EXTRACTS: ...biotech giant Monsanto used incomplete data to obtain approval of its genetically modified corn and... laboratory rats, fed with a genetically engineered (GE) maize produced by Monsanto, have shown kidney and liver toxicity, according to a new study... published today in the journal "Archives of Environmental Contamination and Toxicology".
Greenpeace petition drive demands GE food labelling
Greenpeace calls for immediate action from BC Premier Campbell on mandatory GE labelling
Press release, MARCH 13 2007
VANCOUVER/BRITISH COLUMBIA -- (CCNMatthews - March 13, 2007) - Greenpeace today launched a petition calling on the BC government to legislate mandatory labelling before the next election. The petition drive comes as a study is released in Europe showing that biotech giant Monsanto used incomplete data to obtain approval of its genetically modified corn and that laboratory rats, fed with a genetically engineered (GE) maize produced by Monsanto, have shown kidney and liver toxicity, according to a new study.(1)
The study, published today in the journal "Archives of Environmental Contamination and Toxicology", analysed results of safety tests submitted by Monsanto to the Canadian Food Inspection Agency (CFIA) when the company was seeking authorisation to market its GE Maize variety MON863 in Canada. The data shows that MON863 has significant health risks associated with it; nonetheless, the CFIA approved the maize for unconfined release into the environment and for consumption by both humans and animals in 2003. The incriminating evidence was obtained by Greenpeace following a court case(2), and passed on for evaluation by a team of experts headed by Professor Gilles Eric Seralini, a governmental expert in genetic engineering technology from the University of Caen.(3)
"Consumers are already skeptical when it comes to GMOs and this latest news about Monsanto will only confirm those concerns. GMOs are inherently risky, and we should not be releasing these untested products into the environment or into our food chain," said Josh Brandon, GE campaigner for Greenpeace. "If GE products continue to appear in our food, however, consumers need labels on these products so that they can make informed choices when it comes to what they buy."
The release of this latest data shows the urgent need for mandatory labelling of GE products in BC. The results also confirm the warnings raised by the Royal Society of Canada's expert panel on biotechnology.(4) In 2001, the panel of scientific experts found that the lack of independent verification of company produced data could lead to the approval of improperly tested and potentially unsafe products.
"As many as 70% of the processed foods on store shelves in BC could contain GE ingredients, and there is absolutely no way for consumers to know this important fact," said Eleanor Boyle of GE Free BC. "Consumers have a right to know what is in the food they eat, so that they can make the decision whether or not to consume this untested and risky technology. BC has the opportunity to lead the way on this issue in Canada and Premier Campbell should listen to British Columbians who want mandatory labelling of GMOs and take action before the next provincial election."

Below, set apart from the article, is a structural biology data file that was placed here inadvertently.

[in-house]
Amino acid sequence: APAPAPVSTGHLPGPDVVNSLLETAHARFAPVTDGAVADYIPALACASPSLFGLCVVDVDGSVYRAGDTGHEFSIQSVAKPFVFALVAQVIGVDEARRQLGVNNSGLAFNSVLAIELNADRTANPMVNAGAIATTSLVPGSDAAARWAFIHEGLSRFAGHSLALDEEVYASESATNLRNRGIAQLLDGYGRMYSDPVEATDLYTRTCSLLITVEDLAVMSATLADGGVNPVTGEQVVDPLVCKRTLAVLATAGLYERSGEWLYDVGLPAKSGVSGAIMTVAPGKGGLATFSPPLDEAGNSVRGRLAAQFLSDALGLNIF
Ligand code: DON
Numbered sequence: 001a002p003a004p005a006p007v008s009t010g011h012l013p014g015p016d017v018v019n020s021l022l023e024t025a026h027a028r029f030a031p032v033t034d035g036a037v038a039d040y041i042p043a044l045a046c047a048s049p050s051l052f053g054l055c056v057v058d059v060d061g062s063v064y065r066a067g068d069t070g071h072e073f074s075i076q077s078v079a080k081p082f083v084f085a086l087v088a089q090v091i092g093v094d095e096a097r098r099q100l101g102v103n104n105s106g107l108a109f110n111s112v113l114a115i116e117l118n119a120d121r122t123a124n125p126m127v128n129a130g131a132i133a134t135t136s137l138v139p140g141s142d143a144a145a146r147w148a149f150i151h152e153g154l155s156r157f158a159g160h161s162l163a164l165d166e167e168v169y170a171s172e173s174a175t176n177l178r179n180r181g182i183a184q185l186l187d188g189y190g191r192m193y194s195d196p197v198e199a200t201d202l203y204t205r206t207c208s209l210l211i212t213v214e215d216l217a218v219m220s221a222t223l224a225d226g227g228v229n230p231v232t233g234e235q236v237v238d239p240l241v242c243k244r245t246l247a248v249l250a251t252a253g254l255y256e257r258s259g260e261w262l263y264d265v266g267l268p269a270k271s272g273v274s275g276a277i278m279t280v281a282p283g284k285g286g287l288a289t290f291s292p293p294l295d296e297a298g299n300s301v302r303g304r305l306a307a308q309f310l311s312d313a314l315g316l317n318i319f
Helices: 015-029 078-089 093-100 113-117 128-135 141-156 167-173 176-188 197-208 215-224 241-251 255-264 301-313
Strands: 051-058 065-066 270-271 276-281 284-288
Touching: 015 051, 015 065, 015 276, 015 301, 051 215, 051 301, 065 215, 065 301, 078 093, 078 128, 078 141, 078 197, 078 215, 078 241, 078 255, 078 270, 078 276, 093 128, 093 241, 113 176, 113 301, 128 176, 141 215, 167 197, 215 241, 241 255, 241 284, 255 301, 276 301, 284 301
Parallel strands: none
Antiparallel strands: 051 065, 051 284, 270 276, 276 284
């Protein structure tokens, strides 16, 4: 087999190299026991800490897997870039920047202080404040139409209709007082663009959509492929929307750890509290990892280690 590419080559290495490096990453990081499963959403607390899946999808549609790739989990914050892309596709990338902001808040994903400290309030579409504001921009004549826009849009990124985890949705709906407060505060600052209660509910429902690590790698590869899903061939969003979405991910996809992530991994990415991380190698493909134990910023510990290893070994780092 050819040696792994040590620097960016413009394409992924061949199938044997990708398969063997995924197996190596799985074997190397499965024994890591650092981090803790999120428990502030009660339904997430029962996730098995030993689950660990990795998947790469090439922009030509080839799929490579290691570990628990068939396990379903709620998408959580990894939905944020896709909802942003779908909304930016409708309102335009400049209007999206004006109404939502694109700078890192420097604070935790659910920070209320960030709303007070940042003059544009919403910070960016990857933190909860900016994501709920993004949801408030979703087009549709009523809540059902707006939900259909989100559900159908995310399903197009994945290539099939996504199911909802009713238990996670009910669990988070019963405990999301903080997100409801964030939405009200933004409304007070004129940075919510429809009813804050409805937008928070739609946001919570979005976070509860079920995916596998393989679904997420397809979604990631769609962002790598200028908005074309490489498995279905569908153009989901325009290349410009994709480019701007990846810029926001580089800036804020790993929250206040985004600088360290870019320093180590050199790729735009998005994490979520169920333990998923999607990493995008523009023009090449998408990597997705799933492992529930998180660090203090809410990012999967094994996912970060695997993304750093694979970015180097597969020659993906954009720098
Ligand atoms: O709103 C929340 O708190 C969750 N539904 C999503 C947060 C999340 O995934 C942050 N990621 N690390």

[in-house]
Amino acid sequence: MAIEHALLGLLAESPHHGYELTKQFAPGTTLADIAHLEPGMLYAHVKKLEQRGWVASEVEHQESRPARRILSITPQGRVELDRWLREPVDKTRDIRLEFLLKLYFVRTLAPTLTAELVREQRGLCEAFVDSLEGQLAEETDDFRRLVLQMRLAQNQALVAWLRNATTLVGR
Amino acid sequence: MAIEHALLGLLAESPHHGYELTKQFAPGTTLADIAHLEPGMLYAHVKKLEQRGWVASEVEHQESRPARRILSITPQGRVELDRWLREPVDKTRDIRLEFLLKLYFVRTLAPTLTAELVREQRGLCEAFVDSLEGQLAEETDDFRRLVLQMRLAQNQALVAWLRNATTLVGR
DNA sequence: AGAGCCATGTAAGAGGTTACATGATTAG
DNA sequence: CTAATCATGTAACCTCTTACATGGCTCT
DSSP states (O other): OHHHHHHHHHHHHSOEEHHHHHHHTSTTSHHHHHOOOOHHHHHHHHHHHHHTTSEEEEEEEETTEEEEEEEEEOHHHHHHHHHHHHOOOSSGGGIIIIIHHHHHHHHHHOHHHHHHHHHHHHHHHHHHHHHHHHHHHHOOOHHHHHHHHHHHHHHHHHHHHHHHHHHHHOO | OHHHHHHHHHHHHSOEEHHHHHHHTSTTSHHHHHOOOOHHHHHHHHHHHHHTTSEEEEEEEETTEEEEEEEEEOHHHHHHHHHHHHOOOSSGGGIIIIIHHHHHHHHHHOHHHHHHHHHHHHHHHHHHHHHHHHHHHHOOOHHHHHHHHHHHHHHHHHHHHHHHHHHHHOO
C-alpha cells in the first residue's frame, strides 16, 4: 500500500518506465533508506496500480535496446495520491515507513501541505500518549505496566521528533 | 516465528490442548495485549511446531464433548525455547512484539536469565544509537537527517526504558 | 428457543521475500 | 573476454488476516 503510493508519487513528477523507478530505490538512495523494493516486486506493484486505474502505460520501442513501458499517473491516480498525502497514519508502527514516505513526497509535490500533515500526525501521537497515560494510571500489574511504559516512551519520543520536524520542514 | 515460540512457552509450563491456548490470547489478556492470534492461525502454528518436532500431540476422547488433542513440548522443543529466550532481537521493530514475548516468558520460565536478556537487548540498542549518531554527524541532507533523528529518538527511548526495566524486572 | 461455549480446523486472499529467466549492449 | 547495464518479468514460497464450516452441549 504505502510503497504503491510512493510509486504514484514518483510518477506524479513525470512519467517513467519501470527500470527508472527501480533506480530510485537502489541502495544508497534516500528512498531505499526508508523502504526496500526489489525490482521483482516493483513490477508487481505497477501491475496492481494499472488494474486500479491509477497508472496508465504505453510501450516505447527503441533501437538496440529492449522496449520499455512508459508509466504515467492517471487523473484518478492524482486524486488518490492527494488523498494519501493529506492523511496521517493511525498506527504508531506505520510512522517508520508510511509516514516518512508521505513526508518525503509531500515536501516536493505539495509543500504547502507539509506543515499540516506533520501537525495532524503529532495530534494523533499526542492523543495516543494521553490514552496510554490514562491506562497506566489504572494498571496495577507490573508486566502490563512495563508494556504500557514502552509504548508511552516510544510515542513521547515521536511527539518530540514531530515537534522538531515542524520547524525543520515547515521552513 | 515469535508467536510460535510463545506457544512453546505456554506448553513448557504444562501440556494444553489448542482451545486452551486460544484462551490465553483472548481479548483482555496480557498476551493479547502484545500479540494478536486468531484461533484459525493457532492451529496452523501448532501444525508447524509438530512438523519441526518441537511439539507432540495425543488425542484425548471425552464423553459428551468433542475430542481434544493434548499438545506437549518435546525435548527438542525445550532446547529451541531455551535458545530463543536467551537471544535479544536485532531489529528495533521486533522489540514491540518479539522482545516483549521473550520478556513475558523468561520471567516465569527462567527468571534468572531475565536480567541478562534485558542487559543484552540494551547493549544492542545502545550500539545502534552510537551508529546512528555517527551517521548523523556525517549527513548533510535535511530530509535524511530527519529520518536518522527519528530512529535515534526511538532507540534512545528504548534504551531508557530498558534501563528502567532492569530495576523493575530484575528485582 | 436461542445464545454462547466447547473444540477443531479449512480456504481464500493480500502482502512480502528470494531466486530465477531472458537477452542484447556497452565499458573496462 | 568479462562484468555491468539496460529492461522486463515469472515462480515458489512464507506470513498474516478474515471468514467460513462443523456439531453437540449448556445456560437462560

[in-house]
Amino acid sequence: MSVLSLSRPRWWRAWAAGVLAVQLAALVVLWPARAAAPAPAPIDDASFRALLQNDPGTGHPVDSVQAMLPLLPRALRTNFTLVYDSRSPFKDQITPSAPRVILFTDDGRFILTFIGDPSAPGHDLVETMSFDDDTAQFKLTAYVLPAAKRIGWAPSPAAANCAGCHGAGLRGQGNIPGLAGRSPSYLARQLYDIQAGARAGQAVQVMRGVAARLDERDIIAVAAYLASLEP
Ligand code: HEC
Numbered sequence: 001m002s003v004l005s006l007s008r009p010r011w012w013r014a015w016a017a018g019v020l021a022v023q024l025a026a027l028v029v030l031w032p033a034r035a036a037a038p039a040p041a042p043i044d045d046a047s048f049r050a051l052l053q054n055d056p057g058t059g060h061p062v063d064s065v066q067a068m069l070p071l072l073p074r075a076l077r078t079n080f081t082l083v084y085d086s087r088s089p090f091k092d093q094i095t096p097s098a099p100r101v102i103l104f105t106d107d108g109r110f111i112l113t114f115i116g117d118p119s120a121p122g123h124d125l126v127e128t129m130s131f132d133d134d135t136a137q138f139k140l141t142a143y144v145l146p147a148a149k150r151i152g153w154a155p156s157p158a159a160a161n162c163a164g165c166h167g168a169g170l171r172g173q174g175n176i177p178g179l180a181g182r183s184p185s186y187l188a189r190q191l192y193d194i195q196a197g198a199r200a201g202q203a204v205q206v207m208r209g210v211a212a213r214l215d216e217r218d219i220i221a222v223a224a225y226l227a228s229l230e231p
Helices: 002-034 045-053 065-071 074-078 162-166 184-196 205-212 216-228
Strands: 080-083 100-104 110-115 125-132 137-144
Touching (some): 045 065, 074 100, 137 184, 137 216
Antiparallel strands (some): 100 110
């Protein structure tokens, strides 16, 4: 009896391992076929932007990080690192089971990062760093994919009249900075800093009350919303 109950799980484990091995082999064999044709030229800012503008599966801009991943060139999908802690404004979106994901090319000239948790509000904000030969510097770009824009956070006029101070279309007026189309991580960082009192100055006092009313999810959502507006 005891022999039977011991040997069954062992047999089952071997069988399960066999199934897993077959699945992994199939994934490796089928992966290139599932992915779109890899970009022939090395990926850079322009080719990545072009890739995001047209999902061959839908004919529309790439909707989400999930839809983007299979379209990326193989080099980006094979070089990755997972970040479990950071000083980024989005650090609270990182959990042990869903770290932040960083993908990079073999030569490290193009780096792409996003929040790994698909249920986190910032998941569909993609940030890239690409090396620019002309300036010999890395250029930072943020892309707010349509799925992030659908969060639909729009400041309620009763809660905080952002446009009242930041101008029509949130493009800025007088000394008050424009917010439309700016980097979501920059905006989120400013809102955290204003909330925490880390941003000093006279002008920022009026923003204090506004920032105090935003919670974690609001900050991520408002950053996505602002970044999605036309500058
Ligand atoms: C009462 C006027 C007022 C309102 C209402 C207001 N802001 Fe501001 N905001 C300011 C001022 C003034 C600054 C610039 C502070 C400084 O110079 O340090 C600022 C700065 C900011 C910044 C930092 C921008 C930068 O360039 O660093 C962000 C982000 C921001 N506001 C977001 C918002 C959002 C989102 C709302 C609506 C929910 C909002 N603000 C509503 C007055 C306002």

A recent Greenpeace poll, found that 79 per cent of BC residents support legislation requiring all GE food to be labelled, and indicated that the issue could be significant in the next provincial election.(5)
For more information contact:
Josh Brandon, Greenpeace Canada, GE campaigner, cell: 604-721-7493 Eleanor Boyle, GE Free BC, cell: 604-230-2561 Andrew Male, Greenpeace Canada, Communications, cell: 416-880-2757
1 The article is published online (www.springerlink.com/content/1432-0703) by the American journal Archives of Environmental Contamination and Toxicology; it will be printed in May. A Greenpeace briefing on the study is available on request.
2 For details, please refer to the Greenpeace paper: "The MON863case-a chronicle of systematic deception
3 The analysis team was headed by Professor Seralini from University of Caen and included experts from the French independent scientific organisation CRIIGEN.
4 RSC, Royal Society of Canada (Expert Panel on the Future of Food Technology) 2001. Elements of Precaution: Recommendations for the Regulation of Food Biotechnology in Canada. Ottawa: Royal Society of Canada.
5 The Stratcom poll of 601 BC eligible voters was conducted between November 23 and November 30, 2006. It has a margin of error +/- 4.0%. A copy of the report is available on request.
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